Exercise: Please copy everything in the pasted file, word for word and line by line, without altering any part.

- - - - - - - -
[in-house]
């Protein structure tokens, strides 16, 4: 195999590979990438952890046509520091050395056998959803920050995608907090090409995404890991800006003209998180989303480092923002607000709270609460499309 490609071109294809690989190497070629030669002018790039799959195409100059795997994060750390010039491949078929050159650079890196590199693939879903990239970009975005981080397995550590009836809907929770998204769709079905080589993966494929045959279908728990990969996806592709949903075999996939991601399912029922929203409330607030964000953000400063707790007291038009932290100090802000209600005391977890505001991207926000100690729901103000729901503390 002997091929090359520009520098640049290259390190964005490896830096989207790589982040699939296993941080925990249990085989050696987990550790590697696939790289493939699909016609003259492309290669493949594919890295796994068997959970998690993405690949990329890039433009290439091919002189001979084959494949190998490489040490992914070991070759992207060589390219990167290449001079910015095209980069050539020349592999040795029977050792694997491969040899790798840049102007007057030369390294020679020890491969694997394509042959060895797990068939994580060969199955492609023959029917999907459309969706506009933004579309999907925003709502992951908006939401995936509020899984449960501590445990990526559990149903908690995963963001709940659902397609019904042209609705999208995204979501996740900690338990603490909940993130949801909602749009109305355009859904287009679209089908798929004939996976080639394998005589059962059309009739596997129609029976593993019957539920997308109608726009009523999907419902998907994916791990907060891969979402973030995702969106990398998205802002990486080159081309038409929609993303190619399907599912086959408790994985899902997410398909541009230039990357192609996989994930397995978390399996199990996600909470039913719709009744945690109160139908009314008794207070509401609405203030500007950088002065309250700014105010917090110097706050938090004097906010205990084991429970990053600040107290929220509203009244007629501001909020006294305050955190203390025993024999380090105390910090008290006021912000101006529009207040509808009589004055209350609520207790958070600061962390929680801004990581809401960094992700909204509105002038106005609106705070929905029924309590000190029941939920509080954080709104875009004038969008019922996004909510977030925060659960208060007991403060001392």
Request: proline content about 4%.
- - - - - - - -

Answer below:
[in-house]
């Protein structure tokens, strides 16, 4: 195999590979990438952890046509520091050395056998959803920050995608907090090409995404890991800006003209998180989303480092923002607000709270609460499309 490609071109294809690989190497070629030669002018790039799959195409100059795997994060750390010039491949078929050159650079890196590199693939879903990239970009975005981080397995550590009836809907929770998204769709079905080589993966494929045959279908728990990969996806592709949903075999996939991601399912029922929203409330607030964000953000400063707790007291038009932290100090802000209600005391977890505001991207926000100690729901103000729901503390 002997091929090359520009520098640049290259390190964005490896830096989207790589982040699939296993941080925990249990085989050696987990550790590697696939790289493939699909016609003259492309290669493949594919890295796994068997959970998690993405690949990329890039433009290439091919002189001979084959494949190998490489040490992914070991070759992207060589390219990167290449001079910015095209980069050539020349592999040795029977050792694997491969040899790798840049102007007057030369390294020679020890491969694997394509042959060895797990068939994580060969199955492609023959029917999907459309969706506009933004579309999907925003709502992951908006939401995936509020899984449960501590445990990526559990149903908690995963963001709940659902397609019904042209609705999208995204979501996740900690338990603490909940993130949801909602749009109305355009859904287009679209089908798929004939996976080639394998005589059962059309009739596997129609029976593993019957539920997308109608726009009523999907419902998907994916791990907060891969979402973030995702969106990398998205802002990486080159081309038409929609993303190619399907599912086959408790994985899902997410398909541009230039990357192609996989994930397995978390399996199990996600909470039913719709009744945690109160139908009314008794207070509401609405203030500007950088002065309250700014105010917090110097706050938090004097906010205990084991429970990053600040107290929220509203009244007629501001909020006294305050955190203390025993024999380090105390910090008290006021912000101006529009207040509808009589004055209350609520207790958070600061962390929680801004990581809401960094992700909204509105002038106005609106705070929905029924309590000190029941939920509080954080709104875009004038969008019922996004909510977030925060659960208060007991403060001392």
Request: proline content about 4%.